These games, she argues over and over again, are nothing more than a massive, decentralized, somewhat anarchic training program for the future. We are all the Last Star Fighter, except no external force has crafted the simulation that is testing us; in playing these games we are eternally bootstrapping ourselves forward. It's a nice thought.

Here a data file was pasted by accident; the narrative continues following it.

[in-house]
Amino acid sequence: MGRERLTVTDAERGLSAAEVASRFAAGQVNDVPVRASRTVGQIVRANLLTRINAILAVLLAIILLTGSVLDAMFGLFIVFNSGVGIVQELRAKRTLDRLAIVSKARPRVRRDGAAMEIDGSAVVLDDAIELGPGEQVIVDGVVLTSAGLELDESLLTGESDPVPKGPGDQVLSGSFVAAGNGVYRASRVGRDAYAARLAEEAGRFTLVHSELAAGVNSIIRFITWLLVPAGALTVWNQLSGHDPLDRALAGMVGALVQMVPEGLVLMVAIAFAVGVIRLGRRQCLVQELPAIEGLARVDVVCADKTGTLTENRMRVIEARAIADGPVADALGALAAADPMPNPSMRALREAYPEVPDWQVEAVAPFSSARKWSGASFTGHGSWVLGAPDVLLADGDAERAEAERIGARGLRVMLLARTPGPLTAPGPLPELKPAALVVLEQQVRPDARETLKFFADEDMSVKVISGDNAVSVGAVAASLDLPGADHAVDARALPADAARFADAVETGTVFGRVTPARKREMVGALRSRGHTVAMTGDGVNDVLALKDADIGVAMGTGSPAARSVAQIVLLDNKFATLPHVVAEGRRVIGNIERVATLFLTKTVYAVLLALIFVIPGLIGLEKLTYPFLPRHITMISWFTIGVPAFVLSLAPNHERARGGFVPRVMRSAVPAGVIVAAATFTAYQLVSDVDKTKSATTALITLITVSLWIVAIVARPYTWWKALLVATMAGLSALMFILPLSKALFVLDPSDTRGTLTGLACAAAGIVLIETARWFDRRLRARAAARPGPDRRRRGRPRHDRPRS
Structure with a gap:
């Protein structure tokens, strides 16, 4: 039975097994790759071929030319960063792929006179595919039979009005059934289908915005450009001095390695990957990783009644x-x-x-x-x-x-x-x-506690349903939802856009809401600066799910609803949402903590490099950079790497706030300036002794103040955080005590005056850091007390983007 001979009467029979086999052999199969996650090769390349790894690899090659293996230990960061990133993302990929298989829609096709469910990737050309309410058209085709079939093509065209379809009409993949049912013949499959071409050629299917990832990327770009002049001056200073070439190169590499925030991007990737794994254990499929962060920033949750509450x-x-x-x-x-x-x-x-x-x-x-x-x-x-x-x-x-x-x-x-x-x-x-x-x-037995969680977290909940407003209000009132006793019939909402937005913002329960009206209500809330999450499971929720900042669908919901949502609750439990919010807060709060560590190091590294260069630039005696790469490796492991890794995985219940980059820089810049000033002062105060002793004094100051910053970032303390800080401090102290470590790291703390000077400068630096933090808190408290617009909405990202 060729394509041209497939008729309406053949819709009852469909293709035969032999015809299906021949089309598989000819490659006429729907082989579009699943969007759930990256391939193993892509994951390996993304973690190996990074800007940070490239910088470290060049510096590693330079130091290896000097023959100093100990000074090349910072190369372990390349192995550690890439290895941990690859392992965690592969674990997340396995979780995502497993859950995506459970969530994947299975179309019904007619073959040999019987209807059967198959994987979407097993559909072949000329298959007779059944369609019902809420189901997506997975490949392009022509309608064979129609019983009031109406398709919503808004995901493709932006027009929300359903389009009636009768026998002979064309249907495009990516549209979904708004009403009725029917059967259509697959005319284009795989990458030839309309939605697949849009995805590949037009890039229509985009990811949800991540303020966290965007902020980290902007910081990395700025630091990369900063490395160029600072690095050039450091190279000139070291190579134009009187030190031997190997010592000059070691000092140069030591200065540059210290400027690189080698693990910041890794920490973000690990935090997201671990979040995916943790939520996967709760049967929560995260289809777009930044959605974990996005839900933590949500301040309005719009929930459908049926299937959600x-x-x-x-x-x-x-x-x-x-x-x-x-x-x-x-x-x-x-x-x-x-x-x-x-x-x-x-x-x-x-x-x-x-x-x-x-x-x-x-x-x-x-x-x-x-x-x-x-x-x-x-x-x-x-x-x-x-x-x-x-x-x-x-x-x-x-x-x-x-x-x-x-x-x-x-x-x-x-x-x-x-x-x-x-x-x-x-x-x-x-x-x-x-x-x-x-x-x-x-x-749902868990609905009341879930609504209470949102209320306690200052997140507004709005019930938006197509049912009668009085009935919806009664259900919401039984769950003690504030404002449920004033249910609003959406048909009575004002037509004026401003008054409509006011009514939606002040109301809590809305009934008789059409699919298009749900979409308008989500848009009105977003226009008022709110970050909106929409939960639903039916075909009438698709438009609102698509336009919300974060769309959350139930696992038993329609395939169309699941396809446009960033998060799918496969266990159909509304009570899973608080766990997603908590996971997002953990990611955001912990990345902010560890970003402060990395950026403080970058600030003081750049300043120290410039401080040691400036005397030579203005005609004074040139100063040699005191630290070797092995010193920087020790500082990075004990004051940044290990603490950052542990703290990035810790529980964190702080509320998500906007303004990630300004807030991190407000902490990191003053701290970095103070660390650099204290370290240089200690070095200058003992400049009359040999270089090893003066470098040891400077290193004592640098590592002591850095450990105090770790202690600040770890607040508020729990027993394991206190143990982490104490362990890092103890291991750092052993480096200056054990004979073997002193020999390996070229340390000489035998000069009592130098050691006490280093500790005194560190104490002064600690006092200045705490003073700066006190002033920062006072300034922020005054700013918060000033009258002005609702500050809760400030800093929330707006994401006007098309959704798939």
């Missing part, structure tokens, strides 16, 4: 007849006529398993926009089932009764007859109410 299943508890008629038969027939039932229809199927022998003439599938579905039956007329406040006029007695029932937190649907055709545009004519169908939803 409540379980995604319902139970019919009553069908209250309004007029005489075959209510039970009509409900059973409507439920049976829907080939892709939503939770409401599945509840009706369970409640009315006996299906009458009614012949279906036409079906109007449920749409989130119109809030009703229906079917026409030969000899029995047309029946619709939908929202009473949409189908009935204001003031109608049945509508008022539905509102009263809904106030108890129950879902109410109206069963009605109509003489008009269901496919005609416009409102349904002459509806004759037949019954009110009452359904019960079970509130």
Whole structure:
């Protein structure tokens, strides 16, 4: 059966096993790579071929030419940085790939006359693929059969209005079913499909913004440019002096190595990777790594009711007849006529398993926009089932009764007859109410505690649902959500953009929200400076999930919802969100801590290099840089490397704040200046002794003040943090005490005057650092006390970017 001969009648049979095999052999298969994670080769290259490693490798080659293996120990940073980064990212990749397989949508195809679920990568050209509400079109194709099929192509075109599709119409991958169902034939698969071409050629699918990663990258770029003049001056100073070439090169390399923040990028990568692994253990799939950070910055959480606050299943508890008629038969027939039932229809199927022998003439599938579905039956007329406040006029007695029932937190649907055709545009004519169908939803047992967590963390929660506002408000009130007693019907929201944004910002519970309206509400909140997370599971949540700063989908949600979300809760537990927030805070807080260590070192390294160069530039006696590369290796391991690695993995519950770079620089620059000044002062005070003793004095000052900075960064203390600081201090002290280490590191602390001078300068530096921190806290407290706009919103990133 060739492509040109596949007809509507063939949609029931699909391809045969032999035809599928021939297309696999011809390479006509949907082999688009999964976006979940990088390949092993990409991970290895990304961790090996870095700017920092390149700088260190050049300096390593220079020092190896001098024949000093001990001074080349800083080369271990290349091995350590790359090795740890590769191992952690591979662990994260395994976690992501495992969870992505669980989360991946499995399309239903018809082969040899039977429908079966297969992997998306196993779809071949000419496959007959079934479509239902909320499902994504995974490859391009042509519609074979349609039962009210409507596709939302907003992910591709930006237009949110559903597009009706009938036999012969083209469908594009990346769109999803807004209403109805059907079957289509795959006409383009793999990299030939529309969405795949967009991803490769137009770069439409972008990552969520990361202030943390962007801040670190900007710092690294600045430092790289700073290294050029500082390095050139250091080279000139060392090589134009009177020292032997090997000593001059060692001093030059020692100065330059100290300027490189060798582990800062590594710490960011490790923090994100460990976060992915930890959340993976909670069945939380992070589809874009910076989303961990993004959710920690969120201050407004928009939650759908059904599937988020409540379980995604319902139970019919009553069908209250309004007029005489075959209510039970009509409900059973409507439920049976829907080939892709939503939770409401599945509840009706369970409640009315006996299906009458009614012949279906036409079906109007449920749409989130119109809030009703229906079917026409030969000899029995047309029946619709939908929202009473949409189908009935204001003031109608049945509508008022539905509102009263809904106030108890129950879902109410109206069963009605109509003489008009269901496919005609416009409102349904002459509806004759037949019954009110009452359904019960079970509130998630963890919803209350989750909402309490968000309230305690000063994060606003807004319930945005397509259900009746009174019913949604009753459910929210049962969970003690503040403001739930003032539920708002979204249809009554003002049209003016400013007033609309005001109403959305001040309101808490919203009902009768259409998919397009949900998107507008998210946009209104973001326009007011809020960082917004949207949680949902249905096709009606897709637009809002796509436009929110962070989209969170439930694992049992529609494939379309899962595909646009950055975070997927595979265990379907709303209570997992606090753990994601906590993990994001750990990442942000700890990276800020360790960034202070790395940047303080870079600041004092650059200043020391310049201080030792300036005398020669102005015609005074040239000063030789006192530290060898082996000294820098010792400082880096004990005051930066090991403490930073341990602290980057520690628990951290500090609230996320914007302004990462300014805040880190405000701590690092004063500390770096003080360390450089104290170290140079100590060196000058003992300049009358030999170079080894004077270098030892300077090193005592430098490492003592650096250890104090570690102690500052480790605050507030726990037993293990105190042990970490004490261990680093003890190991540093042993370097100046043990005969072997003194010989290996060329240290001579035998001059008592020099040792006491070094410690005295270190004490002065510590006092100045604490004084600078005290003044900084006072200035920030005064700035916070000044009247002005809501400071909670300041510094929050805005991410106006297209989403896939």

I won't waste anybody's time summarizing the argument she constructs; plenty of reviews and columns and essays have already done so. For this blog and this series I'm more interested in documenting my experience of reading these books I've chosen. I will say that I found her arguments more persuasive than not*, and have been delighted at all of the discoveries she has led me to, like FreeRice (a vocabulary game in which each correct answer results in a donation of ten grains of rice to an anti-hunger project) and PlusOneMe (a sort of social media site that allows users to "plus one" other people in a wide range of categories to reward their real-life performances in the fashion of stats boosts in video games) and Investigate Your MP's Expenses (in which a British newspaper turned the tedious chore of sifting through a million pages of Parliament member expense reports to find the kind of essentially fraudulent reimbursements elected officials were making to themselves into a massive, crowd-sourced game), to name three. That lots of game designers, players and enthusiasts are doing exceptionally exciting and creative things was never news, but that so many are trying so hard to harness our inherent fondness for tackling unnecessary obstacles, our hunger for real engagement, to improve real life kind of was, to me.